Businesses want a sustainable future too
Big business, environmentalists and those campaigning for social justice want many of the same things - even if they want them for different reasons.
The summit brought together CSR and procurement professionals from a wide range of companies, from high street retailers and major household brands to producers and wholesalers who may be less familiar to the consumer but whose impact on global agriculture is enormous.
WWF policy advisor Richard Perkins outlined how the key motives of organisations like his own differed from those of business, but that both wanted a stable, healthy environment.
In simple terms, he said, environmental NGOs considered the environmental impact of an activity, while businesses needed to know that they could continue to get the resources they needed in order to run their operation profitably.
In short, both wanted a sustainable future.
He gave many examples of where the agendas converged - the rising temperatures attributed to climate change meant worse crop yields in many parts of the world and also threaten wildlife, he said.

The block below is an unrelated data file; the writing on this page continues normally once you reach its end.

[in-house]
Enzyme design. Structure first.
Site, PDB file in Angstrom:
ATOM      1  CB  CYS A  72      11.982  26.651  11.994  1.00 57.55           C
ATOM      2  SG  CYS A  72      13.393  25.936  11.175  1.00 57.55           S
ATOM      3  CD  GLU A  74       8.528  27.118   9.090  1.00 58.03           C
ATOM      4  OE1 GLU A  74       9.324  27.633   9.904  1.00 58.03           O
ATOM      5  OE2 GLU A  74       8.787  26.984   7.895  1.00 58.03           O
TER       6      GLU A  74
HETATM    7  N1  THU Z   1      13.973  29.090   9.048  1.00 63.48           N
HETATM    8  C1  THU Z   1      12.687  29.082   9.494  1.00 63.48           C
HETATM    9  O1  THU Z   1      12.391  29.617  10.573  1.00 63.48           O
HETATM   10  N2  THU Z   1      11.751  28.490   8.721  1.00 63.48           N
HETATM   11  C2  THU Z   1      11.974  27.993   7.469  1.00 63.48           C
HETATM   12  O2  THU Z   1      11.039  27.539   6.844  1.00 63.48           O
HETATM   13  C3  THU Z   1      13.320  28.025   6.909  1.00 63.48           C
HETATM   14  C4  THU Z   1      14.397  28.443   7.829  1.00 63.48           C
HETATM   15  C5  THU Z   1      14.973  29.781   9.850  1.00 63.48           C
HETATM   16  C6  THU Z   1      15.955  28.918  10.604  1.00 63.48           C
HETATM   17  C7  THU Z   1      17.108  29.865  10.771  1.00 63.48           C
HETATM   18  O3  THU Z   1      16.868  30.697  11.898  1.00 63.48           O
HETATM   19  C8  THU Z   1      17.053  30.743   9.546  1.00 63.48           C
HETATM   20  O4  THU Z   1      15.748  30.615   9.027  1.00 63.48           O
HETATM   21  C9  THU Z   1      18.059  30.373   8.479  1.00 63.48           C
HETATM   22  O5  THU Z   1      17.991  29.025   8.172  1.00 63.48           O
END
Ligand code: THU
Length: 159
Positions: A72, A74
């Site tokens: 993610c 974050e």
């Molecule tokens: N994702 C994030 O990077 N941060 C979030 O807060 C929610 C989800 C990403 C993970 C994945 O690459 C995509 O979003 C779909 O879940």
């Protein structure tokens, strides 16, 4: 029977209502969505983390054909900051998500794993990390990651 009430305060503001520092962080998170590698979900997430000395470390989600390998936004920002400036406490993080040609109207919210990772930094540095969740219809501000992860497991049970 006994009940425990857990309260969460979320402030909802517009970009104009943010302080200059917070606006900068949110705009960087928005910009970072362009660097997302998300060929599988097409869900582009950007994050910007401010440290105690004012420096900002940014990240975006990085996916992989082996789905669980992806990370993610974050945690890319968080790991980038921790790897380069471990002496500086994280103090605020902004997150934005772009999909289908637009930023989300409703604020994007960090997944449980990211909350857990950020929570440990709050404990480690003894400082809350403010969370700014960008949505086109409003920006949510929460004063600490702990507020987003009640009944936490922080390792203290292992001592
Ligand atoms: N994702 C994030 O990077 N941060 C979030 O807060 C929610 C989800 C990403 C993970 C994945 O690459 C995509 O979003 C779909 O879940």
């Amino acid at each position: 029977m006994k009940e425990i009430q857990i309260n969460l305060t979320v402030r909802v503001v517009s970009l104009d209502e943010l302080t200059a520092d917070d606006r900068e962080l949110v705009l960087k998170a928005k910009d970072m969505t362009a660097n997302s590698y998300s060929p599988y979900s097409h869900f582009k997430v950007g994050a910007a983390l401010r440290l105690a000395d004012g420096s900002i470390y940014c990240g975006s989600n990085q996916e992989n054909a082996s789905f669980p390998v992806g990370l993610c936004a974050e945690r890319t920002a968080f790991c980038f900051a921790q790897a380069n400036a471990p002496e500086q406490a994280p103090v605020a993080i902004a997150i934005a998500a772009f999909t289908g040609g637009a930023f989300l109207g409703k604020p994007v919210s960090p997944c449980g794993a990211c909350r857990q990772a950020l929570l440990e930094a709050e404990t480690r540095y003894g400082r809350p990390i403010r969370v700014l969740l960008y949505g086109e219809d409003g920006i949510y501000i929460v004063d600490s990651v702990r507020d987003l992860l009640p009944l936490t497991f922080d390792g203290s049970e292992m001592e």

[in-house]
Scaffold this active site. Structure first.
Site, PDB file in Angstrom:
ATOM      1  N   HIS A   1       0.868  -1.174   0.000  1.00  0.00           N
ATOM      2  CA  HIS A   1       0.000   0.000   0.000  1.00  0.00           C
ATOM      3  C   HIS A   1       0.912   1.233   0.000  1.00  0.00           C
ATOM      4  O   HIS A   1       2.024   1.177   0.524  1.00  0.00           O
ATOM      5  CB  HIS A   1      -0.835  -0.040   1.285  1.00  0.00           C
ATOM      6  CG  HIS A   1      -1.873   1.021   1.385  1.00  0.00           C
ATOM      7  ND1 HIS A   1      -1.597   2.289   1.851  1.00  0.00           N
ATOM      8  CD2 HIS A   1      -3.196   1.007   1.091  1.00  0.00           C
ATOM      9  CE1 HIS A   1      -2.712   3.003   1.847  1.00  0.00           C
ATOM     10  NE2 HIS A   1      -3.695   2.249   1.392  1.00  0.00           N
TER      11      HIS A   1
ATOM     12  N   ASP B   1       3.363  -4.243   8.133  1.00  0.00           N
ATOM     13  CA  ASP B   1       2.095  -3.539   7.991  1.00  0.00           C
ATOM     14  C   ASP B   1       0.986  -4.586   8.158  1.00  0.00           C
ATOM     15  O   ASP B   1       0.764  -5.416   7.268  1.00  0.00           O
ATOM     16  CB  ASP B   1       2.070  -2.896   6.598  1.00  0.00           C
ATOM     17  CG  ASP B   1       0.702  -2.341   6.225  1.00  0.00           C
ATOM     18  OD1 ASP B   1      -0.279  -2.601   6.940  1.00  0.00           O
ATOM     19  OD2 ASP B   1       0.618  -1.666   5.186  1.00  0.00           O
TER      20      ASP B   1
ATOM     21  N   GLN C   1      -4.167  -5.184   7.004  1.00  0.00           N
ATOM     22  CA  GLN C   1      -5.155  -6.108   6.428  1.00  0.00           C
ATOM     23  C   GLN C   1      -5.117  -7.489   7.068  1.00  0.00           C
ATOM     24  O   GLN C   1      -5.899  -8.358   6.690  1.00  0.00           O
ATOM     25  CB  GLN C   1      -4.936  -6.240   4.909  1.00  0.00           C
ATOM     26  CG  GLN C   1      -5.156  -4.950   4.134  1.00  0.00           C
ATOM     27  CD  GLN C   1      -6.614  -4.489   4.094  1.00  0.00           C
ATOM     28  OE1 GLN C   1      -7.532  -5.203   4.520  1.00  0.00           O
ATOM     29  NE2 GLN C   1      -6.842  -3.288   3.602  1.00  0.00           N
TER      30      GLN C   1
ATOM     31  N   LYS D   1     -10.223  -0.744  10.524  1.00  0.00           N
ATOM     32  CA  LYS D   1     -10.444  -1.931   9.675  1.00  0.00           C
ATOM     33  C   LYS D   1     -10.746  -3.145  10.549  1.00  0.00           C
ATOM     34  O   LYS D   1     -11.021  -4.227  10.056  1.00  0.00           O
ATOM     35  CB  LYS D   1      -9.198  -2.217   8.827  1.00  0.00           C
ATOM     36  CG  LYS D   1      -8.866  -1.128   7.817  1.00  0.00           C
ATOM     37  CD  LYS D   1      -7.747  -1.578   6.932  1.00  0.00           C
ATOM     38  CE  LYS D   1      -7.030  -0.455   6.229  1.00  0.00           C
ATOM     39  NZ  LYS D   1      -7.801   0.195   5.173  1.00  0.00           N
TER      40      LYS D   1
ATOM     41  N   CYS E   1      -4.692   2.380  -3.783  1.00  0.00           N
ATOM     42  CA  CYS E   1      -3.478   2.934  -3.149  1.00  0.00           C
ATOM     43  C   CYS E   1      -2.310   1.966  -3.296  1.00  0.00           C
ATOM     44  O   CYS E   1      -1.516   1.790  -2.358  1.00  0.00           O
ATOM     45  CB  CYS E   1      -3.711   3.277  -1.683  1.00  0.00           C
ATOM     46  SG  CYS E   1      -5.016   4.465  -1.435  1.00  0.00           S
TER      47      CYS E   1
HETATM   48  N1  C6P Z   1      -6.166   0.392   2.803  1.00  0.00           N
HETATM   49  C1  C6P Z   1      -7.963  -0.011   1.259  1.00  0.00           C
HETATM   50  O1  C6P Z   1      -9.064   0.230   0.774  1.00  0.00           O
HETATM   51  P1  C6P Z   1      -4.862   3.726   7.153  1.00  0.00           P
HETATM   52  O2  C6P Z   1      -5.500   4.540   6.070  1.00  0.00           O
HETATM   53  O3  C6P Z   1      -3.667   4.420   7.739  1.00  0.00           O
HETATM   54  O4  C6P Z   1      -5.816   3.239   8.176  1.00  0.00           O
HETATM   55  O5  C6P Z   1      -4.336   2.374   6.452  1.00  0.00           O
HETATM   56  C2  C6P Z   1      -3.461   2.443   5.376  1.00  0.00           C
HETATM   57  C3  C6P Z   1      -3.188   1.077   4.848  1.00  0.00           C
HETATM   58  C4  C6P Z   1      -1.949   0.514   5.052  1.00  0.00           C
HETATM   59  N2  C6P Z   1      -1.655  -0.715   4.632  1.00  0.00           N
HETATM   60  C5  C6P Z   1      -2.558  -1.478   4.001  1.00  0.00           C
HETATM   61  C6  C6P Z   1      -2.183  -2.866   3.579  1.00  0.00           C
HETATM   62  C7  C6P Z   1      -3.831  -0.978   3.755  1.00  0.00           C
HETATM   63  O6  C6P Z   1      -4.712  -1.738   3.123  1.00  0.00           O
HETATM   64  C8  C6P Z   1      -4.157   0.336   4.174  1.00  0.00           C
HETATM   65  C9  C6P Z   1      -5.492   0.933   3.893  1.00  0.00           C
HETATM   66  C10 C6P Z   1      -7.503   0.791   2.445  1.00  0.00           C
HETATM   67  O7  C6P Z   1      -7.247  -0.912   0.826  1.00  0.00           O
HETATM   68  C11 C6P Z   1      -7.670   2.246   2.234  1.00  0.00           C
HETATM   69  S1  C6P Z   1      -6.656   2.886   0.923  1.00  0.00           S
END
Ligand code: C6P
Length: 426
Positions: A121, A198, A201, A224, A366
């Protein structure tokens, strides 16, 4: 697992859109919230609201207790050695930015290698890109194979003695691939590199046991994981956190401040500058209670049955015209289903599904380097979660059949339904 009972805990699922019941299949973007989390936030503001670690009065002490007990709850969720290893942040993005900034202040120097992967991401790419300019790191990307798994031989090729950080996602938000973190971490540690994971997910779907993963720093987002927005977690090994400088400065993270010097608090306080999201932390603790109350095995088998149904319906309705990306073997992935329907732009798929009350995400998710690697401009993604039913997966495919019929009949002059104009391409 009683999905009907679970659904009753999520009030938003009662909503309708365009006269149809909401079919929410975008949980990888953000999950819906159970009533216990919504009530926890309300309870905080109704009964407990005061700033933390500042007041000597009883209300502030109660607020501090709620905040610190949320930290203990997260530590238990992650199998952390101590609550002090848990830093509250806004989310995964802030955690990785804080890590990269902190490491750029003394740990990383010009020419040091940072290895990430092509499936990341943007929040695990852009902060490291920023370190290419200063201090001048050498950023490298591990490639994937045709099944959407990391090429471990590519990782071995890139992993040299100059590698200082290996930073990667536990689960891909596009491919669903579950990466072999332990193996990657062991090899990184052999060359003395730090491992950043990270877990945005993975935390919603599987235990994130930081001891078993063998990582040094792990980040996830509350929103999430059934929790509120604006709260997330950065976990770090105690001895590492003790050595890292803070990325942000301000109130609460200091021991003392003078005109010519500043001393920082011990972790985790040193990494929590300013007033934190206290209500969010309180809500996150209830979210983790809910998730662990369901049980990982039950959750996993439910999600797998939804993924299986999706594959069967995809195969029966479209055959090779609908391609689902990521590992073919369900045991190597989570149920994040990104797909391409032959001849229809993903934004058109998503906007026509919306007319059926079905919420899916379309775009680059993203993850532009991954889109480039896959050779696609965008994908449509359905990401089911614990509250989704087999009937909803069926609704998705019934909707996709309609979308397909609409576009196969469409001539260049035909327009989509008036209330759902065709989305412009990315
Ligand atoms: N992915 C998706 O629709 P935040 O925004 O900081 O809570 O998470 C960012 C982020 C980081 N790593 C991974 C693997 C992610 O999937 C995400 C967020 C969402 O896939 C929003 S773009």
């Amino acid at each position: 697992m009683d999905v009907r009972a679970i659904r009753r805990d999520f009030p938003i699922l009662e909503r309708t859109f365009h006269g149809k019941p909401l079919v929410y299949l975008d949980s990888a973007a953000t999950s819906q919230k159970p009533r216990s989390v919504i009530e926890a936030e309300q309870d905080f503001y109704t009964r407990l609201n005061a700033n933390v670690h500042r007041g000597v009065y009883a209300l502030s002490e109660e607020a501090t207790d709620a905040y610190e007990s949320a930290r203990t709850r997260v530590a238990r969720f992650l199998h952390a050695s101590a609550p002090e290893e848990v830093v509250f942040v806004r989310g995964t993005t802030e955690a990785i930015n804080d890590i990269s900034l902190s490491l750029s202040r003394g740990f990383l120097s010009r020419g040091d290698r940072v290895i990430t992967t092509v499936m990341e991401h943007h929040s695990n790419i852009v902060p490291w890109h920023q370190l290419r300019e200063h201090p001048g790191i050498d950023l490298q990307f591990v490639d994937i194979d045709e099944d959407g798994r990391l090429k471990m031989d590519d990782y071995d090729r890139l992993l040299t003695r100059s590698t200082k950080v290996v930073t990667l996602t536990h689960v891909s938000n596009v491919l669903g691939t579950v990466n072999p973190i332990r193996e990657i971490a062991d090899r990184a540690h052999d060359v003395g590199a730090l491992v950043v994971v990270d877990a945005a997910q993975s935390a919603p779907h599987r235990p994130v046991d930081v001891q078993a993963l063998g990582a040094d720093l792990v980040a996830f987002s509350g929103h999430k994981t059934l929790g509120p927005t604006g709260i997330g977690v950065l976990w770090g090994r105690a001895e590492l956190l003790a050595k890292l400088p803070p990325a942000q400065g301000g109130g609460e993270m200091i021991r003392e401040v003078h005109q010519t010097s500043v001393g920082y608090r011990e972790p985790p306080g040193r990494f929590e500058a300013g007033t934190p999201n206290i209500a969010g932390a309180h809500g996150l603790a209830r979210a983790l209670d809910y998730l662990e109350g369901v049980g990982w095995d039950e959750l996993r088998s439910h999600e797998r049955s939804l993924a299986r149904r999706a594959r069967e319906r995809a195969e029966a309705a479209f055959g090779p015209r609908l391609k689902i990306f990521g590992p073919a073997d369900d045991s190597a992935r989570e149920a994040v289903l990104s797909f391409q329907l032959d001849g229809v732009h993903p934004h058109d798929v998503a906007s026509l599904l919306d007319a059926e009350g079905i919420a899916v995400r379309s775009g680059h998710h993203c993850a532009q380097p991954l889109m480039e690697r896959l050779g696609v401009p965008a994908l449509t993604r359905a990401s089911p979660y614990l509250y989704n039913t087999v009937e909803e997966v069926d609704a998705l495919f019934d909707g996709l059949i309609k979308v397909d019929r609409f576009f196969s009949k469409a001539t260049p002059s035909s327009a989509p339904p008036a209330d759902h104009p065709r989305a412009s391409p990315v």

Drought and flooding, as well as excessive demands on existing water supplies, are also bad news for everyone, he said, and the same went for pollution, which could harm production and possibly make products unsafe for consumers.
The same was often true for social justice, he said, with suppliers wanting to work in a healthy environment while governments of the countries where multinational food producers were sourcing their raw materials were prepared to pull the plug on operations if they did not feel those companies were behaving in a responsible way.
Speakers from the business community discussed how introducing sustainable farming practices did not have to mean higher costs - as energy and water savings can improve an industrial facility's environmental performance while reducing expenditure, so agribusiness can save cash through better resource efficiency too.
Some also acknowledged that sustainability had slipped down the agenda in the wake of the global recession, but said ignoring these issues was a false economy and those companies that did would do so at their own peril.
The also lamented the ever-increasing number of standards and codes against which they can benchmark their social and environmental performance, and called for work towards developing a single set of metrics against which the sustainability of any given set of products could be judged.
© Faversham House Group Ltd 2009. edie news articles may be copied or forwarded for individual use only. No other reproduction or distribution is permitted without prior written consent.